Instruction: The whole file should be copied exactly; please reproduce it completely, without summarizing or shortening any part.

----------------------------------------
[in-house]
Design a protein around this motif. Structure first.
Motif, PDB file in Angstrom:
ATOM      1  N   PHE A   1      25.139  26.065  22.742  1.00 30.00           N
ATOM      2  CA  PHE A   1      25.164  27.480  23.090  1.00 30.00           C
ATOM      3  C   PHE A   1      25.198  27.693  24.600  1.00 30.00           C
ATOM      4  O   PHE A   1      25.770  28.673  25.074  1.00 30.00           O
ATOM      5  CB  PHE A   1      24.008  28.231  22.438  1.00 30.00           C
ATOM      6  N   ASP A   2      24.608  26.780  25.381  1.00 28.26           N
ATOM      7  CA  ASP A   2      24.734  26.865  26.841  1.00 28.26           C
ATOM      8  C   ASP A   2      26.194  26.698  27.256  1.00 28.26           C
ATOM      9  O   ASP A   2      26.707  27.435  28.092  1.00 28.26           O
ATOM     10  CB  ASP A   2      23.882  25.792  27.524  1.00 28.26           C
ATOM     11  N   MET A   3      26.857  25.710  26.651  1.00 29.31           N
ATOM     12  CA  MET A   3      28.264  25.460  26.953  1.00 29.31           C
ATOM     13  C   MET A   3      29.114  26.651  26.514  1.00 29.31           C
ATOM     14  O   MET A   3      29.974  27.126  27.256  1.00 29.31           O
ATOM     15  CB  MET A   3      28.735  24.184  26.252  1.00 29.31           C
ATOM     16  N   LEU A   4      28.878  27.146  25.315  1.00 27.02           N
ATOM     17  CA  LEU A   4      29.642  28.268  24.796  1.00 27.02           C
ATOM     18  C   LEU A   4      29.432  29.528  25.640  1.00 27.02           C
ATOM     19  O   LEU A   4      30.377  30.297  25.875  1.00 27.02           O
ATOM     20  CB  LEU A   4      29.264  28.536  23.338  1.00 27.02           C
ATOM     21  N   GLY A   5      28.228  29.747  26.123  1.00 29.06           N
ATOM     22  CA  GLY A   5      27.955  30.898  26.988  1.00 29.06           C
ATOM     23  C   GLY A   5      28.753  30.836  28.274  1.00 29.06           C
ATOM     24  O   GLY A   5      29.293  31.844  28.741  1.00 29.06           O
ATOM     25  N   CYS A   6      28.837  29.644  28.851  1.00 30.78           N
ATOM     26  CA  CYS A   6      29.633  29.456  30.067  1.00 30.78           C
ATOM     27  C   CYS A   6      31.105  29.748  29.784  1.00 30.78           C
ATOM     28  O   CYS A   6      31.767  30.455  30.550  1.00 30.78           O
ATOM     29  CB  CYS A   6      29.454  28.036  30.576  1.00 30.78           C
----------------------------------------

[in-house]
Design a protein around this motif. Structure first.
Motif, PDB file in Angstrom:
ATOM      1  N   PHE A   1      25.139  26.065  22.742  1.00 30.00           N
ATOM      2  CA  PHE A   1      25.164  27.480  23.090  1.00 30.00           C
ATOM      3  C   PHE A   1      25.198  27.693  24.600  1.00 30.00           C
ATOM      4  O   PHE A   1      25.770  28.673  25.074  1.00 30.00           O
ATOM      5  CB  PHE A   1      24.008  28.231  22.438  1.00 30.00           C
ATOM      6  N   ASP A   2      24.608  26.780  25.381  1.00 28.26           N
ATOM      7  CA  ASP A   2      24.734  26.865  26.841  1.00 28.26           C
ATOM      8  C   ASP A   2      26.194  26.698  27.256  1.00 28.26           C
ATOM      9  O   ASP A   2      26.707  27.435  28.092  1.00 28.26           O
ATOM     10  CB  ASP A   2      23.882  25.792  27.524  1.00 28.26           C
ATOM     11  N   MET A   3      26.857  25.710  26.651  1.00 29.31           N
ATOM     12  CA  MET A   3      28.264  25.460  26.953  1.00 29.31           C
ATOM     13  C   MET A   3      29.114  26.651  26.514  1.00 29.31           C
ATOM     14  O   MET A   3      29.974  27.126  27.256  1.00 29.31           O
ATOM     15  CB  MET A   3      28.735  24.184  26.252  1.00 29.31           C
ATOM     16  N   LEU A   4      28.878  27.146  25.315  1.00 27.02           N
ATOM     17  CA  LEU A   4      29.642  28.268  24.796  1.00 27.02           C
ATOM     18  C   LEU A   4      29.432  29.528  25.640  1.00 27.02           C
ATOM     19  O   LEU A   4      30.377  30.297  25.875  1.00 27.02           O
ATOM     20  CB  LEU A   4      29.264  28.536  23.338  1.00 27.02           C
ATOM     21  N   GLY A   5      28.228  29.747  26.123  1.00 29.06           N
ATOM     22  CA  GLY A   5      27.955  30.898  26.988  1.00 29.06           C
ATOM     23  C   GLY A   5      28.753  30.836  28.274  1.00 29.06           C
ATOM     24  O   GLY A   5      29.293  31.844  28.741  1.00 29.06           O
ATOM     25  N   CYS A   6      28.837  29.644  28.851  1.00 30.78           N
ATOM     26  CA  CYS A   6      29.633  29.456  30.067  1.00 30.78           C
ATOM     27  C   CYS A   6      31.105  29.748  29.784  1.00 30.78           C
ATOM     28  O   CYS A   6      31.767  30.455  30.550  1.00 30.78           O
ATOM     29  CB  CYS A   6      29.454  28.036  30.576  1.00 30.78           C